The Yak Museum of Tibet has been recognized as an Autonomous Region-Level Patriotic Education Base, a Lhasa City Patriotic Education Base, and a 4A Tourist Attraction.
Official WeChat Account: 西藏牦牛博物馆
Official Weibo: 西藏牦牛博物馆
Opening times: 10 am – 5 pm (last admission 4:30 pm)
Closed on Monday
Tibet Museum of Natural Science
Located in Lhasa, Tibet Autonomous Region, the Tibet Museum of Natural Science is a large, comprehensive museum, which integrates multiple functions, such as scientific research, the popularization of science, public education, and tourism. It is the first natural science museum in the Tibet Autonomous Region.
With the mission of pursuing the spirit of science, popularizing scientific knowledge, and publicizing the image and appearance of Tibet, the Museum of Natural Science makes full use of the huge space to set up three permanent exhibitions: the Science and Technology Museum, the Exhibition Hall and the Natural History Museum. The Science and Technology Museum publicizes and popularizes the story of scientific development through the history of time. In terms of space, the museum shows visitors everything from cosmic astronomy down to the very roof of the world. The Natural History Museum skillfully combines the knowledge of natural science with the topography of Tibet, and arranges exhibitions focused on the geography of the plateau and the endemic species that live there. The Exhibition Hall presents the origin of civilization, religious beliefs, folk customs, culture, and art from multiple aspects and perspectives.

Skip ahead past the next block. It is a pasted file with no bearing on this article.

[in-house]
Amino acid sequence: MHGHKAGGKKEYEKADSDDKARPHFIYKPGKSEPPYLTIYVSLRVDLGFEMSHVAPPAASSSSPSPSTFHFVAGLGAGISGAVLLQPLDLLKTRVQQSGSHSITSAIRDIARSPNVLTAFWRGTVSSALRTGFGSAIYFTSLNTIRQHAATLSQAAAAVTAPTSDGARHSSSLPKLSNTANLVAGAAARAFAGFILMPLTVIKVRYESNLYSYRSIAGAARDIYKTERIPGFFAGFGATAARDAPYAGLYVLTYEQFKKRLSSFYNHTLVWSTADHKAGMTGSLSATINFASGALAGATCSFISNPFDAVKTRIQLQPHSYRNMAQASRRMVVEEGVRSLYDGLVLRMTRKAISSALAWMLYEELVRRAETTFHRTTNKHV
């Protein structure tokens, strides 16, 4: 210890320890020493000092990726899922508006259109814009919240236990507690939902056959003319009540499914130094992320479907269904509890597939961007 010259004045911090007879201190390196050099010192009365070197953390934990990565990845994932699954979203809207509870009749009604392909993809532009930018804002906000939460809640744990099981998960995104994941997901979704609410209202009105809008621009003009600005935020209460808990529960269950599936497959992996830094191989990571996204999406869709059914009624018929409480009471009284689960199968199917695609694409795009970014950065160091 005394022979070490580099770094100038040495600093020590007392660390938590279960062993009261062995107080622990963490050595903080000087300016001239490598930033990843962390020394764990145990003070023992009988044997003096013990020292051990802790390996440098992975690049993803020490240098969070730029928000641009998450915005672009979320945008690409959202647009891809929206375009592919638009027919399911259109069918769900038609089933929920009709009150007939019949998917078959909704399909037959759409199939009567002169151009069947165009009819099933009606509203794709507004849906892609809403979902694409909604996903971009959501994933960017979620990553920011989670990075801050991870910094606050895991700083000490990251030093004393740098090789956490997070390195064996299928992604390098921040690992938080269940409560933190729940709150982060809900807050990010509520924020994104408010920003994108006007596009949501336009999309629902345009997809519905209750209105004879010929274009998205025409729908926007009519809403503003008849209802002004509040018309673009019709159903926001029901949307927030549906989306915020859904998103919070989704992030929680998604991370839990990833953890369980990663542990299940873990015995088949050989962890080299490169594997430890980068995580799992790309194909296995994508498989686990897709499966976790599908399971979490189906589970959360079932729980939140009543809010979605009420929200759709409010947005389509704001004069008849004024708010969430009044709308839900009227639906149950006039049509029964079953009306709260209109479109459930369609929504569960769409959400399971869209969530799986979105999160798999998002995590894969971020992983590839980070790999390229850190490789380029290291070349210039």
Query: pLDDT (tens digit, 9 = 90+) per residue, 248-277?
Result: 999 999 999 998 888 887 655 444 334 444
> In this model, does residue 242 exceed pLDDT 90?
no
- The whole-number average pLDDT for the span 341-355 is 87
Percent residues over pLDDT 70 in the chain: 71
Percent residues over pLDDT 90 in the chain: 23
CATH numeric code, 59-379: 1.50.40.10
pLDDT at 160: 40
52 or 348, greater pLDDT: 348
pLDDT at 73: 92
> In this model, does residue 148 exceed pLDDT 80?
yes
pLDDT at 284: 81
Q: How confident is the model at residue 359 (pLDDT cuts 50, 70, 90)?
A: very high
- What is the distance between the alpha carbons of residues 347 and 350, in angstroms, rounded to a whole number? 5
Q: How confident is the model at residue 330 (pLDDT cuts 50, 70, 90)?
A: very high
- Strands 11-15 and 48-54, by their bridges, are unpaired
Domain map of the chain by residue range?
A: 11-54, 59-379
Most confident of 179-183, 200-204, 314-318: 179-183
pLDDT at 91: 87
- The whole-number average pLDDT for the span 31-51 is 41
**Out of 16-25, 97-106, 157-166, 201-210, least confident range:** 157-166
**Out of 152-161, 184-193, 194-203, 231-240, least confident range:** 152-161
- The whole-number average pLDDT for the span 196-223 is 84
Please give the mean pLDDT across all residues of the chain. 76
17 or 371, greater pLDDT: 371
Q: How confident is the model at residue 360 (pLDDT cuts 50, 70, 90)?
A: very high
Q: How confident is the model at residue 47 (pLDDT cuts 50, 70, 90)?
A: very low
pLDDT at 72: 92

The Tibet Museum of Natural Science makes full reference to similar institutions at home and abroad, but also gives particular consideration to the differences distinctive to Tibet’s regional characteristics and environmental resources. Visitors get to see fantastic exhibitions, carry out simple science experiments, and gain an understanding of the special effect technology used in films. The museum has played an important role in popularizing science education and creating cultural publicity for the Tibetan people. Positive contributions to the country’s aim to invigorate Tibet through science and education has also been made. In addition, the museum has assisted in the development of tourism in Tibet. The Tibet Museum of Natural Science has undoubtedly enriched the scientific and cultural life of the Tibetan people and it is a reliable channel for them to obtain popular scientific knowledge.